Go-Go Music Finds its Way into Classroom Curriculums
Special to WI Melanie Henderson | 7/13/2011, 2:19 p.m.
Go-Go music, the history of which has been carefully chronicled in "The Beat! Go-Go Music from Washington, D.C.," has West African roots and is recognized for its infectious heartbeat-based rhythm, courtesy of its signature instruments -- the congo, cowbell, and drum.
Kip Lornell and Charles Stephenson Jr., co-authors of "The Beat," in partnership with Teaching for Change (TFC), invited local teachers and the D.C. community to listen to talks from Go-Go artists.
Sweet Cherie, a Howard University graduate and keyboard player for the all-female Go-Go band Be'la Dona, spoke highly of the Go-Go community, describing it as "family." Having just returned from North Carolina where she performed with Chuck Brown -- the Godfather of Go-Go -- Sweet Cherie presented several audio recordings as evidence of Go-Go's past and continued prevalence in other musical genres like R&B, pop and gospel. The audience's response ranged from toe-tapping to nostalgic grins as Sweet Cherie played excerpts from Grace Jones' "Slave to the Rhythm;" Jill Scott's "It's Love;" Beyonce's "Crazy in Love;" and Kirk Franklin's "Before I Die."
Gregory "Sugar Bear" Elliot, lead speaker and bass player for Experience Unlimited (E.U.), whose '80s hit, "Da Butt" was featured in Spike Lee's School Daze, detailed the group's quick rise from playing in small local Go-Go venues to performing in 20,000-person capacity stadiums. He also expressed disappointment with the school system's removal of music programs from public education, claiming, "there may be many Miles Davises among us, but we'd never know it" for lack of access to standard musical training.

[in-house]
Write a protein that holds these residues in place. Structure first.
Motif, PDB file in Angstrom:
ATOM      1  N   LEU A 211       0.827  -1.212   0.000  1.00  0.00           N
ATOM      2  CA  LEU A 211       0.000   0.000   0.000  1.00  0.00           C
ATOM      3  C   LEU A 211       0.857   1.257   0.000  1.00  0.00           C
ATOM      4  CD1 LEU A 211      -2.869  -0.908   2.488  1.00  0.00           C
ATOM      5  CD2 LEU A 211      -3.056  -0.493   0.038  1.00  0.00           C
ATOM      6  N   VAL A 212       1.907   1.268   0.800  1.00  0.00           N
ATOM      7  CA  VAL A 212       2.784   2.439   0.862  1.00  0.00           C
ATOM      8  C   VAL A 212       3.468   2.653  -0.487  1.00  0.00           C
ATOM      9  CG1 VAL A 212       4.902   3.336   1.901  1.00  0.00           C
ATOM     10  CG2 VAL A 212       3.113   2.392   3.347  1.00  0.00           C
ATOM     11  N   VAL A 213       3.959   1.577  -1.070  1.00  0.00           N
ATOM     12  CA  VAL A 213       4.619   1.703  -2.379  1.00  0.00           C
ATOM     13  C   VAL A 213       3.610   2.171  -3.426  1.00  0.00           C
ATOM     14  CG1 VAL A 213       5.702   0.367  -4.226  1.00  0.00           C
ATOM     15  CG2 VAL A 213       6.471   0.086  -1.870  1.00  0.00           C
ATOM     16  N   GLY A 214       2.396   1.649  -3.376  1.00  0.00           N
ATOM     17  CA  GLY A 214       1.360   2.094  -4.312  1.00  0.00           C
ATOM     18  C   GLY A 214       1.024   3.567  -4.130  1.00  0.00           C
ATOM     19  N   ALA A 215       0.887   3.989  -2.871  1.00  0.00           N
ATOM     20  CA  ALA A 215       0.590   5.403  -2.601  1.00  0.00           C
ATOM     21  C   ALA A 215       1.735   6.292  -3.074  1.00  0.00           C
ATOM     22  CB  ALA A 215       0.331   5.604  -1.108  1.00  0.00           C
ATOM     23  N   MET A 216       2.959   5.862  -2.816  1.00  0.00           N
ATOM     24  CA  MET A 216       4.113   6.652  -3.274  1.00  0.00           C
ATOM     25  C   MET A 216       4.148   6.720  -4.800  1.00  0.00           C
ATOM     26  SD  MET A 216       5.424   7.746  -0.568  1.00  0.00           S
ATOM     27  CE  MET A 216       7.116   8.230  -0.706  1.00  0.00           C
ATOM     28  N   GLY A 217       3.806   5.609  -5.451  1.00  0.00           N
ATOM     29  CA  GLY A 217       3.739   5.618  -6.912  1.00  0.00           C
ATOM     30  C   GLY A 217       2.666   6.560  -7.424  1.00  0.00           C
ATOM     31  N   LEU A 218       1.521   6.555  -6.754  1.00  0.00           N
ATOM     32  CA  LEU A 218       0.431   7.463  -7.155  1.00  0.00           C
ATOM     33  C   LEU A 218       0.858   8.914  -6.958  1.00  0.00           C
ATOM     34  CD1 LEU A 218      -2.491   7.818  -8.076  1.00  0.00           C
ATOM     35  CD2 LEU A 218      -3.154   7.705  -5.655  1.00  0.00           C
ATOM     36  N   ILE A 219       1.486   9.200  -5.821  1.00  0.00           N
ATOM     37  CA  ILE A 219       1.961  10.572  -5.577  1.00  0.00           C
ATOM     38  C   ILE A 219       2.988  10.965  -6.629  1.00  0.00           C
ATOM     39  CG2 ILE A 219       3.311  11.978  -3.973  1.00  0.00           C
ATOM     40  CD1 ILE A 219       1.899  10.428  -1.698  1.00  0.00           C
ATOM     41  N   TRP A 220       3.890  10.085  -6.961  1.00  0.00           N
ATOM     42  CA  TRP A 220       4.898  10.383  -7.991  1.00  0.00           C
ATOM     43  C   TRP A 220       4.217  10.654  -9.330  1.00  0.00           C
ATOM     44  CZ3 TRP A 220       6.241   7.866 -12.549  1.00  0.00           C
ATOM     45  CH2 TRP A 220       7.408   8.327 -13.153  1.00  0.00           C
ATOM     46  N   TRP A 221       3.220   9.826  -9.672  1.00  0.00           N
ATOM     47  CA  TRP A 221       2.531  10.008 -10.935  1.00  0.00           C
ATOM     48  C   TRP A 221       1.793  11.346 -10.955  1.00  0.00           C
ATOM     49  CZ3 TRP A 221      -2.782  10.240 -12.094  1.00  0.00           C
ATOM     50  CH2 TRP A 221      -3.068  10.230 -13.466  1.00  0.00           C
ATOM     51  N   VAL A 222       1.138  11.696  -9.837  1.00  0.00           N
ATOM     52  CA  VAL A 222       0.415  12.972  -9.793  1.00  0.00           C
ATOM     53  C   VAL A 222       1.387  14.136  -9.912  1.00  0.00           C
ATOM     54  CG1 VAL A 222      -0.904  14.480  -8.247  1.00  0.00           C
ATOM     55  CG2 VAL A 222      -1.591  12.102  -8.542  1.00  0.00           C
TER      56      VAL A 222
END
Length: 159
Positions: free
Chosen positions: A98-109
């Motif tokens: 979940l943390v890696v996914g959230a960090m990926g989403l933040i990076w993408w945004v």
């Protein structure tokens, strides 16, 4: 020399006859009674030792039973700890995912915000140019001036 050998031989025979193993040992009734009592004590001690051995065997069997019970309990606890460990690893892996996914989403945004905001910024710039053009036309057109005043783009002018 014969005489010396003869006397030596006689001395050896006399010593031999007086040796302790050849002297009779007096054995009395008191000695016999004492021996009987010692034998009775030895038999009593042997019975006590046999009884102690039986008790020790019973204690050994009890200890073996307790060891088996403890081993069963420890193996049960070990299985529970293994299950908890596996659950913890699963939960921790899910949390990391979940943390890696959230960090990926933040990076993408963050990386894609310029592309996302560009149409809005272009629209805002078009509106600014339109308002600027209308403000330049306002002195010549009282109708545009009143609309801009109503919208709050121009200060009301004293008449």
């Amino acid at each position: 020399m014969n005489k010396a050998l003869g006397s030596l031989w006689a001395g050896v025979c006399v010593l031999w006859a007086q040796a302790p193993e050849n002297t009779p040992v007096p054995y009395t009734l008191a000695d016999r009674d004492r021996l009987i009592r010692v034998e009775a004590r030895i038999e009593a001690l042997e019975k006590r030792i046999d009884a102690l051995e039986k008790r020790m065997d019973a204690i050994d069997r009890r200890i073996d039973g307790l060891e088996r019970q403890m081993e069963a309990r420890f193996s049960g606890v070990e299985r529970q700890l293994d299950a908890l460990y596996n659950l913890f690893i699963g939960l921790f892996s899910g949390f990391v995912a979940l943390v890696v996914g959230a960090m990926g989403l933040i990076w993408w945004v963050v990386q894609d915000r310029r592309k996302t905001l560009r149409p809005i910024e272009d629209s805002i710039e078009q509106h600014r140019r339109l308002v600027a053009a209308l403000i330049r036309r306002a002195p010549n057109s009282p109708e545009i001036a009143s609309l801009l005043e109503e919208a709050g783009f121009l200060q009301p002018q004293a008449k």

While Faycez U Know provided a lively performance on the museum's grounds, about 20 teachers remained indoors developing a Go-Go curriculum.
The teachers separated into groups of three to brainstorm interactive ways to address the five core areas of knowledge based on Go-Go music. In doing so, they used "The Beat" as a primary text source.
As the teachers regrouped, they shared ideas inspired by the homegrown sound. Three teachers -- Michele Bollinger from Wilson Senior High School, Monet Cooper from Capital City Public Charter School and Michael Bolds from Cesar Chavez Public Charter School for Public Policy -- talked about engaging students in a long-term multi-media project where they would create documentaries to include original photos, and interviews.
Felecia Wright from Anacostia High School thought students could use research and critical thinking skills to explore the relationship between Hip-Hop and Go-Go -- including why one has gained more national attention than the other.
Teachers can still get involved by contacting TFC at: firstname.lastname@example.org.